Gen Now Week: Action Over Age

Written by on June 13, 2013 in USANA with 2 Comments

299683_10150282718571032_840734_n gen yI don’t need to look in the mirror to know they’re still there. It’s like someone is poking me in the head nine times near my right temple every time I type the phrase “Gen Y.” Youth, too.

In fact, the word “youth” is even worse. That’s a bigger thump nine times near the right temple. One for each. One for every gray hair I know is still there. No mirror is necessary, because a fact is a fact.

That, in a nutshell, was, and still is, the experience of working on a series about youth and energy and generational transformation and quickquickquick communications and the Internet and everything else that encompasses Gen Y, while you feel pretty old.

I’m 27.

I have an iPhone 5.

I have two Twitter accounts and two others I thought were good ideas but turned out to be boring. I have disregarded twice the number of Twitter accounts my parents will ever have.

My dad is on Facebook. He doesn’t know how to use it. My mom isn’t at all. For these things, I’m bordering on overjoyed. (Even though I’m only ever on FB when I have exhausted Twitter and the remainder of the relevant Internet.)

I text full sentences with proper punctuation. But I do that during conversations with people in real life. So I’m no saintly example of youth gone right.

I chat all the time on the Google machine. My chats contain multitudes, but no LOLs. (I have a firmly established “ha” scale, which is too complex for explanation here.)

And there’s an AARP card, sent to me a few years ago, that’s still in my wallet as a joke.

So there’s the facts and there’s the realities. Together, that’s me. I am Gen Y. I am Gen Now. I am younger than old. I am older than young.

230284_105223742902912_4972107_n gen yThe Point

That is 325 words to say this basic thing: I have frequently felt a phony during the writing of this series. Like the dad peeking his head into his kid’s slumber party and making bad jokes — [comes in dressed in flannel with a fake beard and a plastic axe] “Whoopies! I thought you said lumber party! Hey-oh!”

But don’t we all feel phony from time to time?

Nobody is a perfect example of his or her generation all the time. If there were a person like that, they’d be extremely annoying — nearly intolerable, actually. We aren’t robots programmed with a collection of traits, trends, and buzzwords. We’re way more than that.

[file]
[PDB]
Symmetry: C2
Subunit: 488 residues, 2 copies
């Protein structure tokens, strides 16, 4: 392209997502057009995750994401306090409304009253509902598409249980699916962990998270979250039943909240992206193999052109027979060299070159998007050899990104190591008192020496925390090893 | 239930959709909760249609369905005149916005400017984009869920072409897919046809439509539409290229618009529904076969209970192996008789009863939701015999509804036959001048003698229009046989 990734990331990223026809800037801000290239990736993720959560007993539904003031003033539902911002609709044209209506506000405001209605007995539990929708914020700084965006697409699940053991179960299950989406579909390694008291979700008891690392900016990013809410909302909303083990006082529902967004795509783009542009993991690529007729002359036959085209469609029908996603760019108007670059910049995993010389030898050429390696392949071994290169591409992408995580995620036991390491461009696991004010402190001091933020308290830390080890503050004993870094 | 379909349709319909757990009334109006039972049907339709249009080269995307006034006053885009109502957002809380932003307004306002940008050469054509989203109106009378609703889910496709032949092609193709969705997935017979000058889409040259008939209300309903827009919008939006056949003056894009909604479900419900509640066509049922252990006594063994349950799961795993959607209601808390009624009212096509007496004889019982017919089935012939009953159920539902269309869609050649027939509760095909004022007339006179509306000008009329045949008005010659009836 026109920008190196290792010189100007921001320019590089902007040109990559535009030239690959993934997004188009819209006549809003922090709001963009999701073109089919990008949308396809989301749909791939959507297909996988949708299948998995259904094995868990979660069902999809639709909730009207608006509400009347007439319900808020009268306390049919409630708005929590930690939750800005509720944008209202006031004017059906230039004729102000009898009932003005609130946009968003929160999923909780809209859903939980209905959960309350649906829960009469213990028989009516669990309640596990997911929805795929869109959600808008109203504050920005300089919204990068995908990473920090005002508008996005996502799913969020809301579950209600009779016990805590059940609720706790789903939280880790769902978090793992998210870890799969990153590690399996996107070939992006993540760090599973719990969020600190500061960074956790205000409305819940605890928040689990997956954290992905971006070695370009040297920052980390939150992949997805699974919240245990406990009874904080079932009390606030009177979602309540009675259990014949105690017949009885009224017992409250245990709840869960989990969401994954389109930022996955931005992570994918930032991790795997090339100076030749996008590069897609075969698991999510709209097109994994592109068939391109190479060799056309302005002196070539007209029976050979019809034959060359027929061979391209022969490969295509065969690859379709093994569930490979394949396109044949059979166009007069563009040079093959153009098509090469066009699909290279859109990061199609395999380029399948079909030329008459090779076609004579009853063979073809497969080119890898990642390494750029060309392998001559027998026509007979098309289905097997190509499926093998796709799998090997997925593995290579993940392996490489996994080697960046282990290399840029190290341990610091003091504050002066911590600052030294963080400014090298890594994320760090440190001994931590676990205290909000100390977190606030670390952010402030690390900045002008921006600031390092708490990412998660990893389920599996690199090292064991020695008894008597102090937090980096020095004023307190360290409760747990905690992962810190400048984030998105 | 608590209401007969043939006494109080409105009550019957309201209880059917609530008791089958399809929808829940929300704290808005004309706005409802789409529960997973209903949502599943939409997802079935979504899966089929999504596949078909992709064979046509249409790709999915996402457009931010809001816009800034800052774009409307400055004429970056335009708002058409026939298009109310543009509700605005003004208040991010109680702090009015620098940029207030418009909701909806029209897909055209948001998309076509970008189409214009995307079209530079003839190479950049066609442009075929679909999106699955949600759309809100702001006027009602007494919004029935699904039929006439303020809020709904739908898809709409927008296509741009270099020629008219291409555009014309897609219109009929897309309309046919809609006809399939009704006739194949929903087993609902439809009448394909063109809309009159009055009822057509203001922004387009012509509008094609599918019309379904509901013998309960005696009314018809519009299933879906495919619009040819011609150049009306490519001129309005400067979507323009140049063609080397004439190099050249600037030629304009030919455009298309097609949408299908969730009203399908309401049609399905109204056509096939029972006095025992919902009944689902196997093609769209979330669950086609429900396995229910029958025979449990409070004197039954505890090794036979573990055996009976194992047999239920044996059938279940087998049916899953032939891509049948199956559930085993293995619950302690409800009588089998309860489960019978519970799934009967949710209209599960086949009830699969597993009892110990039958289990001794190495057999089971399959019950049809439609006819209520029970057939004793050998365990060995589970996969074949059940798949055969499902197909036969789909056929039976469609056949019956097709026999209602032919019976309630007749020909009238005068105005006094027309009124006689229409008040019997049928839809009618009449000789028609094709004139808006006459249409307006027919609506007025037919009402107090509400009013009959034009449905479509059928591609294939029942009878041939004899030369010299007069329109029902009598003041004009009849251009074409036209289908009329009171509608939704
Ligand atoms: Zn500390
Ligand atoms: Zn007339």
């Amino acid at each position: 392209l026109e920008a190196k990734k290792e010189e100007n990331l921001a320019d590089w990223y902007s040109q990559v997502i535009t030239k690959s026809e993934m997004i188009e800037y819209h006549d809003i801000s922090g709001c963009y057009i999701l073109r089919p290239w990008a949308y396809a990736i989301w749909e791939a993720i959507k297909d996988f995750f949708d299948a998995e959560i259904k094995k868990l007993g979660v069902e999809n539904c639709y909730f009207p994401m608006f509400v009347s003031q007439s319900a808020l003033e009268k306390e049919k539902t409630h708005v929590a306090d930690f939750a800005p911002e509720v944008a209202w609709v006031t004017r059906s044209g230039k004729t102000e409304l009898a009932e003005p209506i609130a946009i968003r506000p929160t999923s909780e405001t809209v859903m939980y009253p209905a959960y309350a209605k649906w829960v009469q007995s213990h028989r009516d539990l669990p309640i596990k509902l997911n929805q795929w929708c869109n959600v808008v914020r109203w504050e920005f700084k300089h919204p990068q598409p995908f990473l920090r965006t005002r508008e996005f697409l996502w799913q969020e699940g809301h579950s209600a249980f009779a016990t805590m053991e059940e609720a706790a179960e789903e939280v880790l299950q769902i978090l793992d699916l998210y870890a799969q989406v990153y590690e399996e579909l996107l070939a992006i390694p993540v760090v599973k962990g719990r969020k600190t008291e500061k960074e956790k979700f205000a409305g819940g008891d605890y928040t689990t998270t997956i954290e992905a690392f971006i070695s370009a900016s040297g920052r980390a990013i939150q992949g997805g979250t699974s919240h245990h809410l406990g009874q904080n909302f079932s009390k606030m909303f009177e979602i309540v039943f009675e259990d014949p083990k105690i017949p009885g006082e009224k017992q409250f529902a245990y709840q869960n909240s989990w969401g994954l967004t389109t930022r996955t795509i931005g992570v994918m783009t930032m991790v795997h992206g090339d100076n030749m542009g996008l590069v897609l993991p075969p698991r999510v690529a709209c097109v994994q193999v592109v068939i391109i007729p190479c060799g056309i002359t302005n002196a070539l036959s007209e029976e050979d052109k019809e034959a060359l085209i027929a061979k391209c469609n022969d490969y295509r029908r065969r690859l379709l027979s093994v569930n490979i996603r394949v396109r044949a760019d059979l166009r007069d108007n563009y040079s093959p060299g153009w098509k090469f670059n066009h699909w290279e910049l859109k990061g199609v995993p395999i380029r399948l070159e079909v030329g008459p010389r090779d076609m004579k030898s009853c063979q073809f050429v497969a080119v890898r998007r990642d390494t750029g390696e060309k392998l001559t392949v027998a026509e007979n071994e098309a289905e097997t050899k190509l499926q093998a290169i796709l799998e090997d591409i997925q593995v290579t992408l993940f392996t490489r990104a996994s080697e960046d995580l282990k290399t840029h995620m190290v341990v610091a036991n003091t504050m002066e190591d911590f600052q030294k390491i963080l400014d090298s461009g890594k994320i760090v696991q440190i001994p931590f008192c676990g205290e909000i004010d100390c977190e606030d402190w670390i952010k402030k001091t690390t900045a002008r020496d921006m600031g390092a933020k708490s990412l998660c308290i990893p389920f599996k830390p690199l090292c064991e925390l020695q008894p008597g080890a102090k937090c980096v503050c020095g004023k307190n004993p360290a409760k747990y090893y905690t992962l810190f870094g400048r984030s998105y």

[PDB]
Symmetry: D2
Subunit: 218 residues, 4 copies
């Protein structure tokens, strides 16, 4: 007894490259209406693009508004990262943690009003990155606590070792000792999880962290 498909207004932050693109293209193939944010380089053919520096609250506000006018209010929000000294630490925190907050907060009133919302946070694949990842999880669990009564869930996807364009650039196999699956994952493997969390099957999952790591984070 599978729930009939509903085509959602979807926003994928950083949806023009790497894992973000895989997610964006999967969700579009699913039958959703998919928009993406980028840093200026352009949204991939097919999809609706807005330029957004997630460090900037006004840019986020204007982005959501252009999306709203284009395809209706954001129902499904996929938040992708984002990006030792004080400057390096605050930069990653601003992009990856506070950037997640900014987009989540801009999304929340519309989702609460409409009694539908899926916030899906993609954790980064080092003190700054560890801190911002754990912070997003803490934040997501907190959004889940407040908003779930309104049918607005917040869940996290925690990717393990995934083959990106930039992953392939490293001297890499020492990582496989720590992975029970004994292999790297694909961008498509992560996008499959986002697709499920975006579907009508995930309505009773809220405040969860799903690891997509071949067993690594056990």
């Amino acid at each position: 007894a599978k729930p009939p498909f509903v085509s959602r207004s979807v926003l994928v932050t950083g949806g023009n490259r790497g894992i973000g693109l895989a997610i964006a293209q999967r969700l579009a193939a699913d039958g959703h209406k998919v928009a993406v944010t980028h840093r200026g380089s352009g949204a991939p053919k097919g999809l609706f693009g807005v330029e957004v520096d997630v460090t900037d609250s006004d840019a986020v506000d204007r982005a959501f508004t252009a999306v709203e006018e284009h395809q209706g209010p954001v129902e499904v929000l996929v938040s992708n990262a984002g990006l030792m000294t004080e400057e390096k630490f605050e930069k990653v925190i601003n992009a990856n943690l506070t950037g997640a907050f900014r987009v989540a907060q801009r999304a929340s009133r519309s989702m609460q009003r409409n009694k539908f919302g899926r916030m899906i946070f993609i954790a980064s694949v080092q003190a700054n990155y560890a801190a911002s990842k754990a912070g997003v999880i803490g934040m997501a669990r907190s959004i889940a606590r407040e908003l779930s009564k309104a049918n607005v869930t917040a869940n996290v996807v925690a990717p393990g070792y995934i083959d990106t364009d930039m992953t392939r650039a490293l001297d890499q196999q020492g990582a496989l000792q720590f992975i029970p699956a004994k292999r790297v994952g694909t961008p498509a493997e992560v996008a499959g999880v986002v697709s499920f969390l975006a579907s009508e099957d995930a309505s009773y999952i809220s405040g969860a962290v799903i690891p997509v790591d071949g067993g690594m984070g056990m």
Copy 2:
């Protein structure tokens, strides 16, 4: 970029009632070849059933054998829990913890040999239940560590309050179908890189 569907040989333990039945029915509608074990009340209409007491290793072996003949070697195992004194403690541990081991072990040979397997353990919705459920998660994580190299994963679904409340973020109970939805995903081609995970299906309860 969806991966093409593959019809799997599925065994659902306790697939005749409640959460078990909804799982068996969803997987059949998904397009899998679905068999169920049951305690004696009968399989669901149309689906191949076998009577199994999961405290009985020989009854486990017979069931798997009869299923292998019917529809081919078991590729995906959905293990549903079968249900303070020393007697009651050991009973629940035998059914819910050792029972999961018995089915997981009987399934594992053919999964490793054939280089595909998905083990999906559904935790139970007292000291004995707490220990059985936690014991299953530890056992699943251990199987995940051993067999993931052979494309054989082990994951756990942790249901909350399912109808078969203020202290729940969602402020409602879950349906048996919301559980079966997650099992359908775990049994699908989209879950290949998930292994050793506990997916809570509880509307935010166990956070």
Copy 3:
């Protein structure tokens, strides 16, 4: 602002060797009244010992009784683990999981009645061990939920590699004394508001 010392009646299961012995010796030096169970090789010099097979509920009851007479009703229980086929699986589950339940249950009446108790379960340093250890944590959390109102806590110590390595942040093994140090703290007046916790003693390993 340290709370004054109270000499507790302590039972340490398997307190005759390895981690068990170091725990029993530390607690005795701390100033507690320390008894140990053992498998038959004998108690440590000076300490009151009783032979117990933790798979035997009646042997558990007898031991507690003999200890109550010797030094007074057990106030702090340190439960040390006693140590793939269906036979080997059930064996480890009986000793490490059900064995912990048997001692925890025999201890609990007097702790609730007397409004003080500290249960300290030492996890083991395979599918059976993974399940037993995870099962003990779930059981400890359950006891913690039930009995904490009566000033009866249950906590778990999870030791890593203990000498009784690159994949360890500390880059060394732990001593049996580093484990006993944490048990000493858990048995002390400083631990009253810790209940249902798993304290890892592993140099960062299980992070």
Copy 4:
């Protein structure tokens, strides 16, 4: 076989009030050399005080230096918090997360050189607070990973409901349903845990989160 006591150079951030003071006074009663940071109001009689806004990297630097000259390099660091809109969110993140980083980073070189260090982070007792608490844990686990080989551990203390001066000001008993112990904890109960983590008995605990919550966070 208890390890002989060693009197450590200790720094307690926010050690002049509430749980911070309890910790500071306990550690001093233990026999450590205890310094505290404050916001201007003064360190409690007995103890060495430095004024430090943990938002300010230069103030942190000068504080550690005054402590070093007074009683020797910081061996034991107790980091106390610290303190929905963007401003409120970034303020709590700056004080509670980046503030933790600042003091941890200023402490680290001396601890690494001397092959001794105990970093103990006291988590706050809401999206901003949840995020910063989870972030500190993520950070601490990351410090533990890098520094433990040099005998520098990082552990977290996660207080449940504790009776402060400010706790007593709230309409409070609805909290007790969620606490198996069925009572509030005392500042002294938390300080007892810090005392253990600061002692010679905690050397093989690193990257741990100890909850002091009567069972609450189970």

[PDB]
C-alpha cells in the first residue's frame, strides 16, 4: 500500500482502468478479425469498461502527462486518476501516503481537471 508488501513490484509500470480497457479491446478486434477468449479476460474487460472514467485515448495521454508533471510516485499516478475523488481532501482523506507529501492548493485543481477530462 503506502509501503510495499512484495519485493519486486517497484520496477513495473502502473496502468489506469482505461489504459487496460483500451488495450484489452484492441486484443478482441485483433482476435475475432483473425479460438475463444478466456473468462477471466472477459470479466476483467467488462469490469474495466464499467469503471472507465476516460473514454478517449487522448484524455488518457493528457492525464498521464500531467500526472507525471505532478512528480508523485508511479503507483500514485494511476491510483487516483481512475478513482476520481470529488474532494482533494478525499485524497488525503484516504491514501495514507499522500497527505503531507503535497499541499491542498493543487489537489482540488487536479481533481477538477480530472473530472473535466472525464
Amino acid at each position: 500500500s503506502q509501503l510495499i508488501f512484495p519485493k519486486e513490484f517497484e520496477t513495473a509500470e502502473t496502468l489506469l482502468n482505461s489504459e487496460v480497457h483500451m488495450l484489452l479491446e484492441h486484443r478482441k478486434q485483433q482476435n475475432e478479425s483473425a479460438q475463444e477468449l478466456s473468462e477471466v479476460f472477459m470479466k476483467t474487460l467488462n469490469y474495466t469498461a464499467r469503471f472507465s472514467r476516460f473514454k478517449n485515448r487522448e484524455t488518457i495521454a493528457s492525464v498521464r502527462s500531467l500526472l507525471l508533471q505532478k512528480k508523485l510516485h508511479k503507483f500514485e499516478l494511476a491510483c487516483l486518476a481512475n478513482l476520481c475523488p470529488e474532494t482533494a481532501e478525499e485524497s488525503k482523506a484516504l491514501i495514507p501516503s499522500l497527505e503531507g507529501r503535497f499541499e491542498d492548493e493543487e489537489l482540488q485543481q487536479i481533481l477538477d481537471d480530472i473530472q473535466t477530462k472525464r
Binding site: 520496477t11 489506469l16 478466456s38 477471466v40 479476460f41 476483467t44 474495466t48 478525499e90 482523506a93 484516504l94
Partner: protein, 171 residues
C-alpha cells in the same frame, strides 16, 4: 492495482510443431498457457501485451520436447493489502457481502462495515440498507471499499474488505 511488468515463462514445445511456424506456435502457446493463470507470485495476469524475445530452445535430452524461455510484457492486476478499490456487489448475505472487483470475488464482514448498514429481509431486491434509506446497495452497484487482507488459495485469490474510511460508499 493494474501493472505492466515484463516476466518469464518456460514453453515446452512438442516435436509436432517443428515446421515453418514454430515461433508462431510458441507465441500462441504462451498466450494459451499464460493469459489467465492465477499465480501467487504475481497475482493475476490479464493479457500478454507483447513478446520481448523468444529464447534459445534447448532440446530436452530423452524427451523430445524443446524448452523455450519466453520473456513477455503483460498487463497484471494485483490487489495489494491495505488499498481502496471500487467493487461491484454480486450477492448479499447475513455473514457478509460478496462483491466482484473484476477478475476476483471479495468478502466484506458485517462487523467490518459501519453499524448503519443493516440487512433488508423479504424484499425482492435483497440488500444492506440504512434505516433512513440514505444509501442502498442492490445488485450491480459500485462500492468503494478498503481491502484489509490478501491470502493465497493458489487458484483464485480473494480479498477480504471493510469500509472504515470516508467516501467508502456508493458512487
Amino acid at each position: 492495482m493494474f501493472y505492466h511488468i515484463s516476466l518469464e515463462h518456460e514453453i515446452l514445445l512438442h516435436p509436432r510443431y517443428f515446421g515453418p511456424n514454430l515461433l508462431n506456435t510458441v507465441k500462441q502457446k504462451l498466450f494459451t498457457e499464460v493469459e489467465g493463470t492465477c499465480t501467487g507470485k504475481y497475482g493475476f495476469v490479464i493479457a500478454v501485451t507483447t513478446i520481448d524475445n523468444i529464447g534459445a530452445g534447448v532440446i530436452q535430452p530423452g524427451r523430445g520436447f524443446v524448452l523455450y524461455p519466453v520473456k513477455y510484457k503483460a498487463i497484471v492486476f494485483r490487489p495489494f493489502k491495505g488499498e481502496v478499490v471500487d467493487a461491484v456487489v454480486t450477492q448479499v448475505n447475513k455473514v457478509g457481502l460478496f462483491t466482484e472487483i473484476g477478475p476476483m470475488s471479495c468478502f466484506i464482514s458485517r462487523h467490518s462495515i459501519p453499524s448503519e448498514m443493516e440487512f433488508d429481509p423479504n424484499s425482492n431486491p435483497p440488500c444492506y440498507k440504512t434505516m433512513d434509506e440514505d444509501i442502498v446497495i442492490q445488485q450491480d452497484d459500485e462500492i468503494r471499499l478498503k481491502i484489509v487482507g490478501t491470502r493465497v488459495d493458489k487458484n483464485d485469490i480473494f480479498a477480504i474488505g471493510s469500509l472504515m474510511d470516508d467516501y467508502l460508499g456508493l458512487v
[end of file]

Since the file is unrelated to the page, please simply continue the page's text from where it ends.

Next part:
We’re people.

Some days we’re hooked into the mainframe, participating in the creation of thousands more pieces of information and communication. Other days we sit with a book—a physical book, something that exists in the tangible world—and doze in the sun. Sometimes we’re up until the wee hours, alive with possibility and YOLO and whatever the new rallying cry is. Other times we’re in bed by 9:15 because sleep is awesome, too.

The Other Point

I’m not worried about age. I don’t care what the cutoff is from one generation to another. It’s silly that someone decides whether a kid born in December 1983 and one born in January 1984 are in different generations.

487263_10150989690356032_1667820429_n gen y

We aren’t a product of our ages. We’re the sum of our actions.

I’d argue that if you’re 45 and you text, tweet, Facebook, Instagram, Vine, Skype, live life your way, slam a few Rev3™ cans a day, keep your life in the Cloud, have your iPhone stacked on your iPad Mini stacked on your iPad, and see nothing but possibility on the horizon, then you just might be Gen Y.

I’m sure some experts would disagree. But I’m not an expert and I don’t care.

That’s why I love the Generation Now moniker. It removes the need for an age range. It’s more inclusive. And it allows more room for collaboration.

Generation Now is about how we’re all reacting to the world around us. It’s about what we’re doing with technology, community, connection, and the constantly changing social and industrial climate. It’s about us, and what we’re accomplishing — not whether we’re this buzzword or part of that trend.

So even with the weird collection of facts that make up my life — my nine gray hairs and all my abandoned Twitter accounts and my full sentence texts and my iPhone 5 and my (sometimes) early bedtimes — I’m proud to say I’m Gen Now, and I’m ready to change the world. Are you?

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David Baker

About the Author

About the Author: Dave Baker is a communications writer at USANA Health Sciences. .

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  1. What’s Up from USANA | Studio 13 | June 13, 2013
  1. Camille Fletcher Camille Fletcher says:

    Love!

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